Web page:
In an age where it seems that the final book of any Young Adult series is bound to be split into two film adaptations, “The Hunger Games: Mockingjay Part 2” reveals the weaknesses of the model. Aside from a few high-energy action sequences, “Part 2’s” long-winded plot is more likely to induce a two hour nap than captivate its viewers.
Many movie-goers were disappointed last fall when they realized that “Mockingjay Part 1” was merely the repetitive and slow-moving build up to “Part 2,” and those who returned to theaters this November experienced little pay off.
The film boasts a supporting cast of established and talented actors, including Josh Hutcherson, Liam Hemsworth, Woody Harrelson, Julianne Moore, Donald Sutherland, Elizabeth Banks and the late Philip Seymour Hoffman, but their all-too-brief screen time flashes by quickly—the majority of the movie is focused upon Jennifer Lawrence’s Katniss Everdeen.
Tough and battle-scarred, the Katniss of the first “Hunger Games” installment and “Catching Fire” was a strong-willed and empowering female role model. However, by “Part 2,” Katniss’s lack of emotion—other than a few angry outbursts—and perpetually blank face are more frustrating than admirable. Rather than feeling empathy for this traumatized shell of a girl, the viewer is merely desperate for her to make some sort of facial expression.
Though Lawrence is an exceptionally talented actress and it is clear that she takes the role seriously, even her skill is not enough to save the film from itself.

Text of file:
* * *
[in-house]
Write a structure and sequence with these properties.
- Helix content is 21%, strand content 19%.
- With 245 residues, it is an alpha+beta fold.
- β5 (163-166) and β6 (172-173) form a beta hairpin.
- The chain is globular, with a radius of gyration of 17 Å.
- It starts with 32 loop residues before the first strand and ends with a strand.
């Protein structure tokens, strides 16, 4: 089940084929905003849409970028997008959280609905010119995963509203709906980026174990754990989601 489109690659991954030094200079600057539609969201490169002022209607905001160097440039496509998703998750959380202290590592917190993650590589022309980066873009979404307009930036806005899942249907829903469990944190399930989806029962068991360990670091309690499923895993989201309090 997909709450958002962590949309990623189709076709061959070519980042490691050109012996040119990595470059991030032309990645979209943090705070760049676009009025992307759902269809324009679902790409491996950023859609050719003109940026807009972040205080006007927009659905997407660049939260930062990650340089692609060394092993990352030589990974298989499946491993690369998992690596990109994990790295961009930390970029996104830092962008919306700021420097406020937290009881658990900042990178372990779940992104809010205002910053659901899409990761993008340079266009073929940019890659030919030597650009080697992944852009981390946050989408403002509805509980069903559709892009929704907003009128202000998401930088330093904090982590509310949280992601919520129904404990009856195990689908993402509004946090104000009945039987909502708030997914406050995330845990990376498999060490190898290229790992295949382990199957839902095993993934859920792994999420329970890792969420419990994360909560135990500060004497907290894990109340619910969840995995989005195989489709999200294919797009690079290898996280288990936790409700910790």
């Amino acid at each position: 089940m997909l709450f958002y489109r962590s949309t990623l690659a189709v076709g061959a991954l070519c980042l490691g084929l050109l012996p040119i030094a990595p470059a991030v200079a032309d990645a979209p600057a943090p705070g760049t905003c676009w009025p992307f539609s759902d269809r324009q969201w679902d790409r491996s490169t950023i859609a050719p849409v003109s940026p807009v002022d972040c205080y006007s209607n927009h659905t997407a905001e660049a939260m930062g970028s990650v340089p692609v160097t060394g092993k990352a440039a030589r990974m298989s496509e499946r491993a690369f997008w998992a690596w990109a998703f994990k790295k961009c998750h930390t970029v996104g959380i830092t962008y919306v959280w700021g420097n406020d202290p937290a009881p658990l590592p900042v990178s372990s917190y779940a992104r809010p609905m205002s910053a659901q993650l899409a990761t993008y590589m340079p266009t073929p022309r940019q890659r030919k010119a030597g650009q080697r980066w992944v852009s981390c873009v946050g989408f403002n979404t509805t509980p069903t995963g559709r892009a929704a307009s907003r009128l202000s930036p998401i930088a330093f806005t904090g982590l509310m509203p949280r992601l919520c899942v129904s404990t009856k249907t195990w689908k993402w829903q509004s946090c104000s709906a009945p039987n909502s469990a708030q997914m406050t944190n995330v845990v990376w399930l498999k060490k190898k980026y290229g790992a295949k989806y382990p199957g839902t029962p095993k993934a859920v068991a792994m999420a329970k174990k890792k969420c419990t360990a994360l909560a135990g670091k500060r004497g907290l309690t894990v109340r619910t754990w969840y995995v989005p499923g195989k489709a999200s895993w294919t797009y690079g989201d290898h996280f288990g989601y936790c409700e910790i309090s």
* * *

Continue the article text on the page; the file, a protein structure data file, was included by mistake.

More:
One of the only exciting elements of “Part 2” is its action scenes. The film’s special effects are undeniably impressive and the agony of watching Katniss’s beloved companions get picked off one-by-one by twisted booby-traps, like a giant oil tsunami, as well as mutated serpent-people called “mutts” is suspenseful and horrifically mesmerizing.
Another one of the movie’s bright spot is Jena Malone’s Johanna Mason. Despite being just as traumatized and emotionally broken as Katniss, Johanna’s rawness and bitter nature, along with her caustic humor, are a breath of fresh air from Katniss’s never-ending stoicism.
In between these action sequences, the plot meanders slowly. Katniss broods, Peeta struggles with post-traumatic stress disorder after being tortured and brainwashed by President Snow, Gale creates cruel and violent weapons for the rebels and the dry, power-hungry President Coin is given far too much screen time.
“Part 2’s” most egregious error, however, is its ending. Completely inconsistent with the dark, sober tone of the rest of the film, it takes place several years later in a sunny meadow as Katniss speaks saccharinely to her newborn child. Cheesy and absolutely unnecessary, it feels as though it’s part of a different film.
“The Hunger Games: Mockingjay Part 2” is a disappointing and rambling ending to an otherwise-fascinating film series. Not even the talent of its star-studded cast can salvage the film.
Had it been combined with “Part 1,” the “Hunger Games” series’ final installment would’ve been a much more concise and satisfying conclusion.
Helen Stec is a campus correspondent for The Daily Campus. She can be reached via email at firstname.lastname@example.org.